Add to this the fact that we did not have any equipment when we got here and a limited budget to purchase such. Therefore this again eliminated cotton production. In the Nation of Islam we don’t eat peanuts or soybeans, so we excluded those crops. However, this was a mistake and we now grow at least 200 acres of peanuts per year. We will explain later.

Vegetable production is more labor intensive; while peanut, corn, cotton, soybeans and wheat are more capital intensive. We could hire local hand labor for fighting weeds in vegetables and for picking them in the summer. On the other hand we did not have the money to purchase the large tractors, planters, cultivation equipment or harvest equipment necessary for those other cash crops.

Therefore we got an 85 horsepower John Deere tractor and some used plowing, planting and cultivating equipment with which we could grow vegetables. In fact we did not even get this tractor until the middle of April. Therefore, I went out and hired some black farmers along with their tractors and harrows to get us started in March of 1995.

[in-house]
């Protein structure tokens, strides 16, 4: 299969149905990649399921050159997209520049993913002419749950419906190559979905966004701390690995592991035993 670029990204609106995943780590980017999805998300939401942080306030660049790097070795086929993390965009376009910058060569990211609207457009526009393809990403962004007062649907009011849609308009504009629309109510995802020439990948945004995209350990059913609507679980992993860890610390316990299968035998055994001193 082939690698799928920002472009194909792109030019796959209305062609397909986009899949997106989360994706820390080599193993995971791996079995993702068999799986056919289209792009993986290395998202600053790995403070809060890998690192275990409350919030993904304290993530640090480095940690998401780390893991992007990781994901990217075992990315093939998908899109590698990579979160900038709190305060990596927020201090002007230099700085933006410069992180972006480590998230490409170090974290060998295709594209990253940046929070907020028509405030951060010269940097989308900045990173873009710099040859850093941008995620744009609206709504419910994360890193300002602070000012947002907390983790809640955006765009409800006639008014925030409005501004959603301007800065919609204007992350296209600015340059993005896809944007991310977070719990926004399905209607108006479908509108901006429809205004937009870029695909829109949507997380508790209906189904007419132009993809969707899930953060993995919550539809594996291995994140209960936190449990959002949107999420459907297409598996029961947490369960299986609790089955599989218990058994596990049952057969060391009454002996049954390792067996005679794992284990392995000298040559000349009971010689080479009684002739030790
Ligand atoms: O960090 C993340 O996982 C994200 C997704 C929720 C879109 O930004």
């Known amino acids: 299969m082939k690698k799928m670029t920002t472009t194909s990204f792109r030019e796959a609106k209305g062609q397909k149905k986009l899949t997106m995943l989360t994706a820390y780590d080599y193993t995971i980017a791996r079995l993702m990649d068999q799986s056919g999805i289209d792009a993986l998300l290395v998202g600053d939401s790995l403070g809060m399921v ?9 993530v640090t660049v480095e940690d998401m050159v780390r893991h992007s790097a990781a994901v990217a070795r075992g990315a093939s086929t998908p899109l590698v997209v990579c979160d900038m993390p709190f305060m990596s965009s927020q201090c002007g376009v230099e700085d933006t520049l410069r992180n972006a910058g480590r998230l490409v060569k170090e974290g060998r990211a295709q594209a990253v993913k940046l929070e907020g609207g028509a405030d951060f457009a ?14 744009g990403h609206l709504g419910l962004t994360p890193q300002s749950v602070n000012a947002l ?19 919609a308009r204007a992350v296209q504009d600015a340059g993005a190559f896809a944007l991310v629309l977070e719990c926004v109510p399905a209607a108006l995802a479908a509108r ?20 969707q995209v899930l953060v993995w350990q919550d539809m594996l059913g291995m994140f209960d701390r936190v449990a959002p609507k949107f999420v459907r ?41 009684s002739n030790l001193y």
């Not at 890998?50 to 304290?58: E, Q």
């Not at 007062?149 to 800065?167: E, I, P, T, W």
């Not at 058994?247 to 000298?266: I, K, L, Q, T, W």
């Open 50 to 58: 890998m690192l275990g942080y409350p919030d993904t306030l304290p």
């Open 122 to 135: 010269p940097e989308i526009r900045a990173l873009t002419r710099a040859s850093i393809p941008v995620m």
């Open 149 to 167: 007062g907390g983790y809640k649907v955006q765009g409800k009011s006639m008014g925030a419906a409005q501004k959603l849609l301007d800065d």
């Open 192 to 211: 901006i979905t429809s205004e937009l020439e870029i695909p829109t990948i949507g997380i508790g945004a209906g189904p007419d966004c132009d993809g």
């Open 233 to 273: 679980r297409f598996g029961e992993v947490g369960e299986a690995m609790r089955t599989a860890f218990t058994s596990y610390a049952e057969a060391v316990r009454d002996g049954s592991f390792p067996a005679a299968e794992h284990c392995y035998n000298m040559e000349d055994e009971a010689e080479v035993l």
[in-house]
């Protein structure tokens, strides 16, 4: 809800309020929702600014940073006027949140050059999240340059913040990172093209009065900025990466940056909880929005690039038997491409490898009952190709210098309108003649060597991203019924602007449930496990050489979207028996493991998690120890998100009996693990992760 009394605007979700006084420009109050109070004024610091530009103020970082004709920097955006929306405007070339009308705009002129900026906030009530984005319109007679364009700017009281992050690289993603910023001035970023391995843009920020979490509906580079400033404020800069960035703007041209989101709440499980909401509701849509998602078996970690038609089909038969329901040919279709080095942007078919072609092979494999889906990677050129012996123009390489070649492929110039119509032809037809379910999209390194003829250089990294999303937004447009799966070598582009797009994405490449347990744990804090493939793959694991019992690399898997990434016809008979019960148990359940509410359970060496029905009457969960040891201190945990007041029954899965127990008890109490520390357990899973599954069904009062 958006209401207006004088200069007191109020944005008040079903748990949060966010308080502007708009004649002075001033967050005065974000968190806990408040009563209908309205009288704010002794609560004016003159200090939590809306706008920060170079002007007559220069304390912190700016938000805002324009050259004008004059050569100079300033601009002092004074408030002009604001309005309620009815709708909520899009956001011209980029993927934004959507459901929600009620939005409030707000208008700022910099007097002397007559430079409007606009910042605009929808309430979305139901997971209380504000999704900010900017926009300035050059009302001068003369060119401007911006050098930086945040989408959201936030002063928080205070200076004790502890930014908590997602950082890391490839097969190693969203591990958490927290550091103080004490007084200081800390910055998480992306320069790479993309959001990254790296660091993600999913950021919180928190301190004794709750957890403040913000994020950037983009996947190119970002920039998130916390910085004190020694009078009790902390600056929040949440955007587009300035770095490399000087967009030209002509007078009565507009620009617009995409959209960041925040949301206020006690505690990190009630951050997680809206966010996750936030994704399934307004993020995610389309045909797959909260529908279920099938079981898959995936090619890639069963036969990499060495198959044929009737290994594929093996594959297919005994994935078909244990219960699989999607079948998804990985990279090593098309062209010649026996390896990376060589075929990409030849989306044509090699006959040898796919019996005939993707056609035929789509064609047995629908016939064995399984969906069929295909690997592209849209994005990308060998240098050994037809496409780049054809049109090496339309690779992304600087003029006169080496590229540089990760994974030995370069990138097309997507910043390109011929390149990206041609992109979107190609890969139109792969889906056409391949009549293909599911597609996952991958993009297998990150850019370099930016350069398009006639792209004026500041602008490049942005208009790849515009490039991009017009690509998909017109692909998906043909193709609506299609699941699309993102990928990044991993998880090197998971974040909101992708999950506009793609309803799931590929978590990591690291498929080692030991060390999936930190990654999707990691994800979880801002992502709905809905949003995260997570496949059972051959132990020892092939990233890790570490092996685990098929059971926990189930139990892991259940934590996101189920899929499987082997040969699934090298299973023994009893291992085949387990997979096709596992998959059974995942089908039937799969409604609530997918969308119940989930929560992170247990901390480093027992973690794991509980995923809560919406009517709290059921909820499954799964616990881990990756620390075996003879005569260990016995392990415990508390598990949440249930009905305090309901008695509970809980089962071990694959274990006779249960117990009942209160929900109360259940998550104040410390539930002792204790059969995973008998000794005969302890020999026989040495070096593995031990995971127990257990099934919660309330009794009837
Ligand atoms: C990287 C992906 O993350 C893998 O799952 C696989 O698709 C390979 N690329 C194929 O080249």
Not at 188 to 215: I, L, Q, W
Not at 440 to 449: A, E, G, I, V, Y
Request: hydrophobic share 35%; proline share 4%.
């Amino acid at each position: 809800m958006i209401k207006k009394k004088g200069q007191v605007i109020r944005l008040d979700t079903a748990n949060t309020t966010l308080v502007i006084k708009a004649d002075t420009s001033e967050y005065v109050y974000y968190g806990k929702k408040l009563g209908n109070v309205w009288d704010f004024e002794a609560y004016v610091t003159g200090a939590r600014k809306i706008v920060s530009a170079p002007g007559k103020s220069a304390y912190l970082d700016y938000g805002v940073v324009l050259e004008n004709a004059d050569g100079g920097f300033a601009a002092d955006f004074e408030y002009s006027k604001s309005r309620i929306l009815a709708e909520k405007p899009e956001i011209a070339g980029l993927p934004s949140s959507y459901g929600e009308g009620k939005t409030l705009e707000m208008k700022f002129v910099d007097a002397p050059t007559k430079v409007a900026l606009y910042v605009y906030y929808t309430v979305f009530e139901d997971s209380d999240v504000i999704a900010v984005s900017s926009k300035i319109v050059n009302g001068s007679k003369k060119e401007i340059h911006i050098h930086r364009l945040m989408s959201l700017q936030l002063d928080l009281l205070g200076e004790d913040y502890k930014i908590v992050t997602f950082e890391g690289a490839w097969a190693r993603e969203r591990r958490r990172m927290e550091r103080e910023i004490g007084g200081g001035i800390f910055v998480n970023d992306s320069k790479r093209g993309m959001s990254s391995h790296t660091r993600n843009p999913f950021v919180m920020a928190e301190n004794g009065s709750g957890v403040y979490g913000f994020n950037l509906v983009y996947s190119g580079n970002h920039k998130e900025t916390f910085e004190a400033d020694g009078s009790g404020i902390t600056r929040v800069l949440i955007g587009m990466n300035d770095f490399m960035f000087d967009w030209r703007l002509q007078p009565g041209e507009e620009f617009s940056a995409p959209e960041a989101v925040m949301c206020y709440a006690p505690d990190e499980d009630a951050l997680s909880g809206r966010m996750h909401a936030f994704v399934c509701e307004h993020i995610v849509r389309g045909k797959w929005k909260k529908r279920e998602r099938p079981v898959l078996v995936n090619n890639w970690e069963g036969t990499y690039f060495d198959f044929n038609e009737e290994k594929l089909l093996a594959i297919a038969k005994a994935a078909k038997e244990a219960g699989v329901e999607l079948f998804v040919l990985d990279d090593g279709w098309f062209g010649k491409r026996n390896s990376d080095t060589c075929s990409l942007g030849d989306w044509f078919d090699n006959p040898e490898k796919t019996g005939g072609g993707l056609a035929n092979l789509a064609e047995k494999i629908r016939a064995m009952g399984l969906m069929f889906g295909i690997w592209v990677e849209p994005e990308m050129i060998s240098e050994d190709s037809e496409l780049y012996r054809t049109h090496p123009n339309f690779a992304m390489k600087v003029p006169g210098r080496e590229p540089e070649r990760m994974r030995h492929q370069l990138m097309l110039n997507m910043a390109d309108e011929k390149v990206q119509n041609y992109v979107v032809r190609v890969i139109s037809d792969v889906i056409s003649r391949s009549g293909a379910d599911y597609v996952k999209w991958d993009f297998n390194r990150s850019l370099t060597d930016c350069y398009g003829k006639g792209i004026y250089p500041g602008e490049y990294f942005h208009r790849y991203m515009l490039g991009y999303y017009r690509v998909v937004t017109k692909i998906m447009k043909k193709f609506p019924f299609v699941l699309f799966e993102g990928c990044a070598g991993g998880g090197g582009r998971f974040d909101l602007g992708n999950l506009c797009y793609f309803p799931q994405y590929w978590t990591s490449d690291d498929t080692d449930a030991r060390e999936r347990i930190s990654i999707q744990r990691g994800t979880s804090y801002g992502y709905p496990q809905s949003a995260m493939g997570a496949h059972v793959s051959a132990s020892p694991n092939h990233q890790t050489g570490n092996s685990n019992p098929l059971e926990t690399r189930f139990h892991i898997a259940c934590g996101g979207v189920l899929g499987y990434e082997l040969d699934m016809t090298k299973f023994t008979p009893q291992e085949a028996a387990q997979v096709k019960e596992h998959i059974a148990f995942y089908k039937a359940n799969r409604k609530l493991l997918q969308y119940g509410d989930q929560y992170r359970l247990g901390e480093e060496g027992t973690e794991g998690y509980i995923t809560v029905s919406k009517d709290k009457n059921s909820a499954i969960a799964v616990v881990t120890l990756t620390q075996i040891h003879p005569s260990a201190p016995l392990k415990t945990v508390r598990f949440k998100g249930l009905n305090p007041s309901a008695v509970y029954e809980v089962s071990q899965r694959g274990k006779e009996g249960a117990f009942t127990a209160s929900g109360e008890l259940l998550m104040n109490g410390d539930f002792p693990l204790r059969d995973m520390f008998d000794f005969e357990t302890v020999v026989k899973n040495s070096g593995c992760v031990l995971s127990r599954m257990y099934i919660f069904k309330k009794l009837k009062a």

That first summer we had a tremendous crop of yellow and zucchini squash, sweet corn and watermelons. We shipped these products in the Final Call trucks to many of our large cities in the South, East and Midwest. The people were excited to see both their newly acquired trucks and our delicious and beautiful produce from their farm in Georgia. However, the honeymoon did not last long. By the summer of 1996 we were hearing complaints that we were sending too much fresh produce at one time and the people were not prepared to handle bushels of corn, squash, okra and the like. We found out the hard way that our people were not canning, freezing or even cooking meals from scratch. So now we had to start an educational program, so we set up in 1999 to reach out and teach our people what was going on at the farm and in the food system. We had to show them examples of the dangers of what Minister Farrakhan has labeled, the “merchants of death”. We had to make it clear that this system was killing us through the food and therefore we needed to get our stomachs out of the enemy’s kitchen and consume our own produce from our own farm.